Albany, June 22, 2017 – Thirty years ago, Leslie Bogucki began teaching Jump Rope for Heart as part of her P.E. curriculum.
TODAY, THURSDAY, JUNE 22, at 9 a.m. at Albany School of Humanities, 108 Whitehall Road, Albany, The American Heart Association and the City School District of Albany honored her for 30 years of teaching Jump Rope for Heart. The recognition preceded the school’s 6th grade graduation.
“We can’t thank Leslie enough for her commitment to the children in the ASH community,” said Kathy Lanni, chief community officer at SEFCU and chair of the Capital Region Advisory Board of the American Heart Association. “One-third of New York’s children are overweight or obese, putting them at high risk for heart disease or stroke later in life. By engaging them in a fun activity like jump rope, Leslie has taught generations of children that exercise is fun, increasing their chances of living longer, healthier lives.”
“Like all great teachers, Leslie Bogucki makes learning fun. She gets even the most reluctant students excited about exercising and being healthy, and her work with the Heart Association is just one example of how she motivates kids to help the community while they help themselves,” said Kimberly Young Wilkins, interim superintendent of the City School District of Albany.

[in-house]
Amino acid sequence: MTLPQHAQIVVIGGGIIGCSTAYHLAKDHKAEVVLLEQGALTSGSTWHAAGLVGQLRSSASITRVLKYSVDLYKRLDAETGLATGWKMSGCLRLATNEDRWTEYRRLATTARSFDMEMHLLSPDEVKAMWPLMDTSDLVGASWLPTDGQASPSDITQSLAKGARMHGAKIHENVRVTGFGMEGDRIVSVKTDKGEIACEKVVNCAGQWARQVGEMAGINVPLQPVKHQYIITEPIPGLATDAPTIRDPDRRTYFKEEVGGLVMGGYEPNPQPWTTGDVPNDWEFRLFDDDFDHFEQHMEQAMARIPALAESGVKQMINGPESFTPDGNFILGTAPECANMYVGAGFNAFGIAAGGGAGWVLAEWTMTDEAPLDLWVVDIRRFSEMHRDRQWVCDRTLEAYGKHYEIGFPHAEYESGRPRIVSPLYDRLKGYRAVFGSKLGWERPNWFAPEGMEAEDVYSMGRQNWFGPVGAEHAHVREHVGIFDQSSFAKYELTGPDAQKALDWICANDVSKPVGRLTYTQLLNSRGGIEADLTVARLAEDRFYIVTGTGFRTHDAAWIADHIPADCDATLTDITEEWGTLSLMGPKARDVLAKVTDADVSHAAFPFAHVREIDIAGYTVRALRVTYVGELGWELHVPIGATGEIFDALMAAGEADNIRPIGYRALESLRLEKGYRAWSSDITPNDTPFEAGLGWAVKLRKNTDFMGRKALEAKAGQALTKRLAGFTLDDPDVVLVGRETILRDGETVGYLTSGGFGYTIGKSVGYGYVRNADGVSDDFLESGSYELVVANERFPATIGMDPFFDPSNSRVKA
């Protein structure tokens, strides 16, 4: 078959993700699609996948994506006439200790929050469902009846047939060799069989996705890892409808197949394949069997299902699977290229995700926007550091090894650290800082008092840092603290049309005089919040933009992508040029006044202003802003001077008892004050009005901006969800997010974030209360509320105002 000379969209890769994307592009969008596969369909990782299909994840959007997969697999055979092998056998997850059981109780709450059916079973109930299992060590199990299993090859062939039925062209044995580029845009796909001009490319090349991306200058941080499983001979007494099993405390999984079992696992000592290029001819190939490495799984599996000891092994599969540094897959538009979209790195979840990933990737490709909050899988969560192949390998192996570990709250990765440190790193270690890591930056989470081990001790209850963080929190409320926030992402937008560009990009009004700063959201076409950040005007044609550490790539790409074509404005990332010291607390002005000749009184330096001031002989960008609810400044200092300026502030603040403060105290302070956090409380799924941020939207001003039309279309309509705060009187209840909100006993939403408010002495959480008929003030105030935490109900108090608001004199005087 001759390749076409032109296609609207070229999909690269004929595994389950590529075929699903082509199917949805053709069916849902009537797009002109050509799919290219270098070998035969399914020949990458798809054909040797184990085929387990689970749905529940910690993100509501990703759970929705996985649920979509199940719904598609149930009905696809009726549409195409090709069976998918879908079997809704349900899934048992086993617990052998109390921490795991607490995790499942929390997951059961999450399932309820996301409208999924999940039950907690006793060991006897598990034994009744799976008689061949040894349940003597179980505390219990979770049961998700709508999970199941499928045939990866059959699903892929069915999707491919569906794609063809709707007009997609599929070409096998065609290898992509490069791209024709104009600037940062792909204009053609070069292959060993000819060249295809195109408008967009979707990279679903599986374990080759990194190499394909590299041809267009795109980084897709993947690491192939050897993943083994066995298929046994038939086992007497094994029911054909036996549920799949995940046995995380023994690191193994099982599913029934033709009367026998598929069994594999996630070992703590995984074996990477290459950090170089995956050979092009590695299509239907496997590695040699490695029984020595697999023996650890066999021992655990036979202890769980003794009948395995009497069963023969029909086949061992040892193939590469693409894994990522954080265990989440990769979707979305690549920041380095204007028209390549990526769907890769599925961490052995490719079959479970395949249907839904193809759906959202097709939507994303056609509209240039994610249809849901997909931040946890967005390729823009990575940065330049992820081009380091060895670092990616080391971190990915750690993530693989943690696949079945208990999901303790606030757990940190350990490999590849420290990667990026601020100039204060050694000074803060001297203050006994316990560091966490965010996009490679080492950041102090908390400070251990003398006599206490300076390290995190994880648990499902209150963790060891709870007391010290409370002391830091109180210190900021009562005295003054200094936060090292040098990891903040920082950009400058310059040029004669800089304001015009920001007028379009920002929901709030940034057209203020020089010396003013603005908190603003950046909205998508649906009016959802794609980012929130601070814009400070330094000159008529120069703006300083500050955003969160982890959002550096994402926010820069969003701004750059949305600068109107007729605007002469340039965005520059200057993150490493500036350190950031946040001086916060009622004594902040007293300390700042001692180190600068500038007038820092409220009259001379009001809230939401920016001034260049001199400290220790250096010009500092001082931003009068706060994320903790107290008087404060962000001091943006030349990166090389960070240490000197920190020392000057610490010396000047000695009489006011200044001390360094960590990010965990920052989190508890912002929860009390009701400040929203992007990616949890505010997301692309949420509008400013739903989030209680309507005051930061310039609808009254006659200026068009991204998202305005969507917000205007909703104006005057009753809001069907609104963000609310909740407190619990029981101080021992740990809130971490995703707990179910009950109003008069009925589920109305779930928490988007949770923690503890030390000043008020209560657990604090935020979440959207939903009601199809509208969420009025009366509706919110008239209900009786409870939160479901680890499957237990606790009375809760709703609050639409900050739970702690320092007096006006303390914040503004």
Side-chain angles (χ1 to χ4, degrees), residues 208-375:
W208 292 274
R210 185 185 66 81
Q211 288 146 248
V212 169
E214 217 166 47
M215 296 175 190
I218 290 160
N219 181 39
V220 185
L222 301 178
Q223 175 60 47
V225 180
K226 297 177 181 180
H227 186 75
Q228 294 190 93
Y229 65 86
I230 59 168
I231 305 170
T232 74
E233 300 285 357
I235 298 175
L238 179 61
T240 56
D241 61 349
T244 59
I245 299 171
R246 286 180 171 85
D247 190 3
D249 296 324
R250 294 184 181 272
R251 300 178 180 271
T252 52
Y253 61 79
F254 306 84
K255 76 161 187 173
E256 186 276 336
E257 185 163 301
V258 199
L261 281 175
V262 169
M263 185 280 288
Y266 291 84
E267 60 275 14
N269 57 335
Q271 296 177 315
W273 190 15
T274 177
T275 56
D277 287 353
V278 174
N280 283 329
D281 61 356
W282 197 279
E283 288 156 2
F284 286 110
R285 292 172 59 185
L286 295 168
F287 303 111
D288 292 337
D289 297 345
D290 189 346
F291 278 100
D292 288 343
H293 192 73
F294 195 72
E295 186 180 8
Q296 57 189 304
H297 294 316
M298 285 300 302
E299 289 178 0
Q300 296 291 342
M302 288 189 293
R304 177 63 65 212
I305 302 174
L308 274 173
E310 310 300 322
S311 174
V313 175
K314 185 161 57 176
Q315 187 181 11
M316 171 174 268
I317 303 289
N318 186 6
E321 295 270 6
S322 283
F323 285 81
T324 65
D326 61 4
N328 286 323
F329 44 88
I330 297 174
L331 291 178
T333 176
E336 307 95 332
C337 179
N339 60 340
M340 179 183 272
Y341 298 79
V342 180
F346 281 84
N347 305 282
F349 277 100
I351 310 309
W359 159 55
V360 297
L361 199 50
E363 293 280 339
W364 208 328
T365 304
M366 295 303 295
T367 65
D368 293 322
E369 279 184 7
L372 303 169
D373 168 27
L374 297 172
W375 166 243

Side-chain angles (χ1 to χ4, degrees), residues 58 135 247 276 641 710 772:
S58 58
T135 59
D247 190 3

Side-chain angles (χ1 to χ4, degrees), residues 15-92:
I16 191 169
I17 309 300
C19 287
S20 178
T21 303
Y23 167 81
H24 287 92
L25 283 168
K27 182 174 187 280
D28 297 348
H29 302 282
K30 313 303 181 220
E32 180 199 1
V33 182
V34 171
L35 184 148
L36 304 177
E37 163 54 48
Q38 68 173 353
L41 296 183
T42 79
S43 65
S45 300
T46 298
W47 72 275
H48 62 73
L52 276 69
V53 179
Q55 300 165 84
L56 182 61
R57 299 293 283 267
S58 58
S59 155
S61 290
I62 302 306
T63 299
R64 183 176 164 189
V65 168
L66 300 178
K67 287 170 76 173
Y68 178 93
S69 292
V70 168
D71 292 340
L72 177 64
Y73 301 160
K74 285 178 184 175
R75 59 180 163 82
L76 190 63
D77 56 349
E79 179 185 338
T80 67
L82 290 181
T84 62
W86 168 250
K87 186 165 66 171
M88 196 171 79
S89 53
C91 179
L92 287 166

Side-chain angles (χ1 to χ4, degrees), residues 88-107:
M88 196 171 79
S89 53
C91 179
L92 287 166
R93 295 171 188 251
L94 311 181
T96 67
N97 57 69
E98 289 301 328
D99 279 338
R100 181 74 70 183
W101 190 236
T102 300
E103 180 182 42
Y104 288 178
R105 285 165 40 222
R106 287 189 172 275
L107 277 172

“Leslie Bogucki is a fixture at Albany School of Humanities, and her passion to engage students in health and fitness permeates everything she does. Jump Rope for Heart is one activity that Ms. Bogucki always finds time to champion, and the school community looks forward to it every year. Ms. Bogucki leads the charge to inform students of healthy practices and encourages them to help others,” said C. Fred Engelhardt Jr., principal at Albany School of Humanities.
Our mission is to be a relentless force for a world of longer, healthier lives. For nearly 100 years, we’ve been fighting heart disease and stroke, striving to save and improve lives. Heart disease is the No. 1 killer worldwide, and stroke ranks second globally. Even when those conditions don’t result in death, they cause disability and diminish quality of life. We want to see a world free of cardiovascular diseases and stroke.